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Fujiwara K., Kato F. Foundations of Rigid Geometry I: ArXiv version

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Fujiwara K., Kato F. Foundations of Rigid Geometry I: ArXiv version
European Mathematical Society, Switzerland, 2017. — 787 p. — (EMS Monographs in Mathematics) — ISBN 3037190361.
Rigid geometry is one of the modern branches of algebraic and arithmetic geometry. It has its historical origin in J. Tate’s rigid analytic geometry, which aimed at developing an analytic geometry over non-archimedean valued fields. Nowadays, rigid geometry is a discipline in its own right and has acquired vast and rich structures, based on discoveries of its relationship with birational and formal geometries.
In this research monograph, foundational aspects of rigid geometry are discussed, putting emphasis on birational and topological features of rigid spaces. Besides the rigid geometry itself, topics include the general theory of formal schemes and formal algebraic spaces, based on a theory of complete rings which are not necessarily Noetherian. Also included is a discussion on the relationship with Tate‘s original rigid analytic geometry, V.G. Berkovich‘s analytic geometry and R. Huber‘s adic spaces. As a model example of applications, a proof of Nagata‘s compactification theorem for schemes is given in the appendix. The book is encyclopedic and almost self-contained.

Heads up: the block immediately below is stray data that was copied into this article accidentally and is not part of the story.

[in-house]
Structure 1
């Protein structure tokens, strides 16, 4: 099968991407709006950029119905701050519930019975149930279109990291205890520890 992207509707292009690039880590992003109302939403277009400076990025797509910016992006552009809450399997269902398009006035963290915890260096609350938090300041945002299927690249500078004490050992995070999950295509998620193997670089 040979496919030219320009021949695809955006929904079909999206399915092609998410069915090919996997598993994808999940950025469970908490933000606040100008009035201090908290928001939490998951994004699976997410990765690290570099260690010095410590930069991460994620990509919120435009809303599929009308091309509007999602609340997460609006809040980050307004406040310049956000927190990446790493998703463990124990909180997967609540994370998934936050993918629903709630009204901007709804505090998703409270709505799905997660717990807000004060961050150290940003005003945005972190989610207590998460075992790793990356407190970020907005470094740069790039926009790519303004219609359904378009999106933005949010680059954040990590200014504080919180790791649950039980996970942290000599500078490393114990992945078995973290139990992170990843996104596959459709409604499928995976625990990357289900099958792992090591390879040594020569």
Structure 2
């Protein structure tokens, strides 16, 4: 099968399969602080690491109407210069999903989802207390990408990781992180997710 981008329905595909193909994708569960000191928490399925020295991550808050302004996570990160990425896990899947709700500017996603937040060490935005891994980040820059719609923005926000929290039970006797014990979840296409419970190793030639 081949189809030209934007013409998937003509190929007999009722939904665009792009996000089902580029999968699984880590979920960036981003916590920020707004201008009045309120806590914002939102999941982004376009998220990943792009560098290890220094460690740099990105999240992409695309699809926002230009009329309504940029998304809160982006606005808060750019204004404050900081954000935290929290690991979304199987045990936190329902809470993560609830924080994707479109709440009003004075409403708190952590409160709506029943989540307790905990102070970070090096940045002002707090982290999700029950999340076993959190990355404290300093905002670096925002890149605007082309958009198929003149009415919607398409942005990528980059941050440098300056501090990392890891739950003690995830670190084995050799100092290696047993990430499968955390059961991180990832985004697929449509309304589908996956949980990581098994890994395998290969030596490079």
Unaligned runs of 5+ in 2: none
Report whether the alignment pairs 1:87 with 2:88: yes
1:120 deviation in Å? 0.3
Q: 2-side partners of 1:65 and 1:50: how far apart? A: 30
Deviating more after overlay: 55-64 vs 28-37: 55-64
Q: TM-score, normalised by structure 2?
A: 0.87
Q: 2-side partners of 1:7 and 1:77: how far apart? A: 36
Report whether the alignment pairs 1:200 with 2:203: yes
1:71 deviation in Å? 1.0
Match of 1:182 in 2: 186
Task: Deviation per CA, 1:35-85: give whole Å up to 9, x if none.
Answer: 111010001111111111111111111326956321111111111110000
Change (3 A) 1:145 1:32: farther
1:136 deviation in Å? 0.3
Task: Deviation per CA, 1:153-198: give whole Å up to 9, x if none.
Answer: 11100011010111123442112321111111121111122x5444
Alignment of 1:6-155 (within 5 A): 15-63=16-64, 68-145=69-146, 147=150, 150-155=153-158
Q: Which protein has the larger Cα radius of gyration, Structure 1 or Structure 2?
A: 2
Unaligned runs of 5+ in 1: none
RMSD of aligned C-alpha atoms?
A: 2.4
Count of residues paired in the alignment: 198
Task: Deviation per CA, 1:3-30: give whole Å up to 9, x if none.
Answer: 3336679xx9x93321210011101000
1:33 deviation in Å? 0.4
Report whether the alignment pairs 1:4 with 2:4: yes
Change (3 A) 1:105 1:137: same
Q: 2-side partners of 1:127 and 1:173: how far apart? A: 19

Basic Languages
General topology
Homological algebra
Ringed spaces
Schemes and algebraic spaces
Valuation rings
Topological rings and modules
Topological algebras of type (V)
Formal geometry
Formal schemes
Universally rigid-Noetherian formal schemes
Adically quasi-coherent sheaves
Several properties of morphisms
Differential calculus on formal
Formal algebraic spaces
Cohomology theory
Finiteness theorem for proper algebraic spaces
GFGA comparison theorem
GFGA existence theorem
Finiteness theorem and Stein factorization
Rigid spaces
Admissible blow-ups
Rigid spaces
Topological properties
Coherent sheaves
Basic properties of morphisms of rigid spaces
Classical points
Dimension of rigid spaces
Maximum modulus principle
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